apt to.

By the time the agency’s regional plan was to again be revisited, in 2007, TRPA began working with environmental groups, local governments, private property advocates, and the states on procedures and policies that make permitting and redevelopment easier. The update, Restoring Lake Tahoe and Supporting Sustainable Communities, was approved in 2012, with “environmental redevelopment” becoming the phrase for packaging together incentives, more local control over planning and permitting, and air and water quality investments.

land mine: Some of the timber stripped from the Lake Tahoe Basin was used to construct mine shafts following the 1859 discovery of the Comstock Lode in Virginia City. Photos courtesy TRPA

“The 2012 regional plan calls for TRPA to constantly improve and evaluate,” said Cowen, noting that the ever-changing environmental challenges require this nimbleness. “Water quality improvements could be impacted by climate change. Also, forest health, aquatic invasive species, increasing visitation pressures, a housing crisis, have to be a major focus today. The health of the watershed can be affected by a variety of impacts and we can only answer our mandate by keeping them all on the dashboard.”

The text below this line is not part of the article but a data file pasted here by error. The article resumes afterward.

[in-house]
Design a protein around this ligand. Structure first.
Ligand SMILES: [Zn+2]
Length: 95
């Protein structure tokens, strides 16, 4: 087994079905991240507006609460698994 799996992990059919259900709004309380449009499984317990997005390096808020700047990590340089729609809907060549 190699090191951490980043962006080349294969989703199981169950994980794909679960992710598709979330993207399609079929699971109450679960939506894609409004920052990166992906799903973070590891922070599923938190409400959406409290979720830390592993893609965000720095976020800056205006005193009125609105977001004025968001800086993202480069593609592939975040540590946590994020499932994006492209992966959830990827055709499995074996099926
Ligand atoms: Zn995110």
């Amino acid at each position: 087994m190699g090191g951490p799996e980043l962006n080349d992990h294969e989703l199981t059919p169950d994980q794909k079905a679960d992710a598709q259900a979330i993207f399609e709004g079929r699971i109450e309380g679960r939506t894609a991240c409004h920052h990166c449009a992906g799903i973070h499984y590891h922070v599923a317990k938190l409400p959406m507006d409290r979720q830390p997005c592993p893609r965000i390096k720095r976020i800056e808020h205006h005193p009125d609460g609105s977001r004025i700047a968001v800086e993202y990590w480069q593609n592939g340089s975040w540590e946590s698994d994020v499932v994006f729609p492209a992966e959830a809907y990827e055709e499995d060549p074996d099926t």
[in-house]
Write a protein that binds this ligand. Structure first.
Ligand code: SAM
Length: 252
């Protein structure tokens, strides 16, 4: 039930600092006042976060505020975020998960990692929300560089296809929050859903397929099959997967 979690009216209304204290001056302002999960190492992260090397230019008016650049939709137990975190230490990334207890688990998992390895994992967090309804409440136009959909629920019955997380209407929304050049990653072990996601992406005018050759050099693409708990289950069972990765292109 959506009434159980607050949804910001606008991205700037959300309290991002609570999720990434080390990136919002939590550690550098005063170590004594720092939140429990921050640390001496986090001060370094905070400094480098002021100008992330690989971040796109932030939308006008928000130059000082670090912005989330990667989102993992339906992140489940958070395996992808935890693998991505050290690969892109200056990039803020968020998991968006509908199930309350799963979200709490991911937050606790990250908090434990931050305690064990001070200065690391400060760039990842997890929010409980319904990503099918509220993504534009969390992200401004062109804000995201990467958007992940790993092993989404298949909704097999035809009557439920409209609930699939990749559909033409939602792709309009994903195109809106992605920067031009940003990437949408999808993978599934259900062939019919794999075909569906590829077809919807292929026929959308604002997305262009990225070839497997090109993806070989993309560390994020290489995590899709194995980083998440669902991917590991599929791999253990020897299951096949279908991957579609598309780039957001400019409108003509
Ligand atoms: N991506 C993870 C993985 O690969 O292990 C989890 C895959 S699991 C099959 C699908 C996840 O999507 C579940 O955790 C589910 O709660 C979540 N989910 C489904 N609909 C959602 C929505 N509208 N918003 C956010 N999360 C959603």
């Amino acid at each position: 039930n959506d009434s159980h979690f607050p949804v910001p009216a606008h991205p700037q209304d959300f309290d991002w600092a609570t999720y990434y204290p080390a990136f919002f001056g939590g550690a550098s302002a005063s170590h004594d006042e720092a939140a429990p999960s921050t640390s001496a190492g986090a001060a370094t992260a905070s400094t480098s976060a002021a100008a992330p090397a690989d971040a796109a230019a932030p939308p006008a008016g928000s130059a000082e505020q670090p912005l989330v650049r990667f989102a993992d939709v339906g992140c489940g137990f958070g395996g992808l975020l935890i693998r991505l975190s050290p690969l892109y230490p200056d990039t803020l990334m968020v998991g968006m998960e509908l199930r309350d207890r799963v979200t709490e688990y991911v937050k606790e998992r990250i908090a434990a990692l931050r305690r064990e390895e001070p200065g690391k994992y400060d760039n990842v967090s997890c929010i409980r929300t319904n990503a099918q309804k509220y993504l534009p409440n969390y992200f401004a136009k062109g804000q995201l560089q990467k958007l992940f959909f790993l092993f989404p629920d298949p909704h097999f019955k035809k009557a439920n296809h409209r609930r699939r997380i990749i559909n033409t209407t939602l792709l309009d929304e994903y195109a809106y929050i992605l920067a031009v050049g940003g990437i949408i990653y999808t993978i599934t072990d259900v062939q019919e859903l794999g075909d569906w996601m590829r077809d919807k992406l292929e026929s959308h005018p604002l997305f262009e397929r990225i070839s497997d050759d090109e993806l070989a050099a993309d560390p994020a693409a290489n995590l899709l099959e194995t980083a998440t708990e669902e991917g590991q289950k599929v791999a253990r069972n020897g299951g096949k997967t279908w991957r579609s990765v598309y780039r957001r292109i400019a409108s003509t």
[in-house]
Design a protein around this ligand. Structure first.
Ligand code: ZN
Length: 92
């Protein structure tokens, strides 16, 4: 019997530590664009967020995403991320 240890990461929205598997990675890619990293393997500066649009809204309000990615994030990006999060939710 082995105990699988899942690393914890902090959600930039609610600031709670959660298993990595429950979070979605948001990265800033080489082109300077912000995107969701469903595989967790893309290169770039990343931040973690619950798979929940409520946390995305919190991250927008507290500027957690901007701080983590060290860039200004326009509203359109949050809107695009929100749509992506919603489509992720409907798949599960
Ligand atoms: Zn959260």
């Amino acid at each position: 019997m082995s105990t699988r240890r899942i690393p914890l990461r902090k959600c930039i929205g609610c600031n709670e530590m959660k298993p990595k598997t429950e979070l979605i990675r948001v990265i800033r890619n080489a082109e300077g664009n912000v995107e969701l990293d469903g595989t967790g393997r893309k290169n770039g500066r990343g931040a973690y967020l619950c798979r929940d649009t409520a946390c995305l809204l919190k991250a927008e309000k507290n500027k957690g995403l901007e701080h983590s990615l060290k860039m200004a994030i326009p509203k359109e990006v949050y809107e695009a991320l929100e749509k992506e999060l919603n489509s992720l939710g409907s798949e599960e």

In November 2020, TRPA took a look back at its history, celebrating a half-century of collaboration and recognizing key individuals and organizations for their contributions during each of the agency’s five decades, with the Spirit of TRPA awards.

“Over 50 years, we’ve all become better and better at practicing TRPA’s core value of collaboration,” TRPA Executive Director Joanne S. Marchetta commented in a recent email to Moonshine Ink. “Only constant vigilance to build, nurture, and reinforce collaborative relationships protects Lake Tahoe.”

Marchetta, who started out as legal counsel for the agency in 2005, recognized the need for change and upon becoming executive director in 2009 moved toward shifting the agency to a more collective perspective.

“I can honestly say that Tahoe’s successes have not ever come from reinforcing divisions. ‘Us vs. them’ is purely a state of mind because our interests are all connected,” she said. “In Tahoe, a healthy environment depends on strong communities and a resilient economy. That’s why every day we invite partners, old and new, to join with us in finding common ground for the benefit of our lake and our communities. The only way we find our solutions across all those interests is through strong collaboration.”


  • Juliana Demarest

    Juliana Demarest is a Jersey girl with ink in her blood. She fell in love with print journalism at a young age in the '80s when her Uncle Tony would take her to "work" at his weekly paper. In 1997, she co-founded a weekly newspaper in North Jersey. One day, she went to photograph a local farmer for a news story. She ended up marrying him and leaving journalism to become a farmer's wife. In 2010, they packed up their two children and headed to Truckee in pursuit of the outdoor life. She didn't realize just how much she missed journalism until she joined Moonshine in 2018 after taking time off to be mom. Connect with Juliana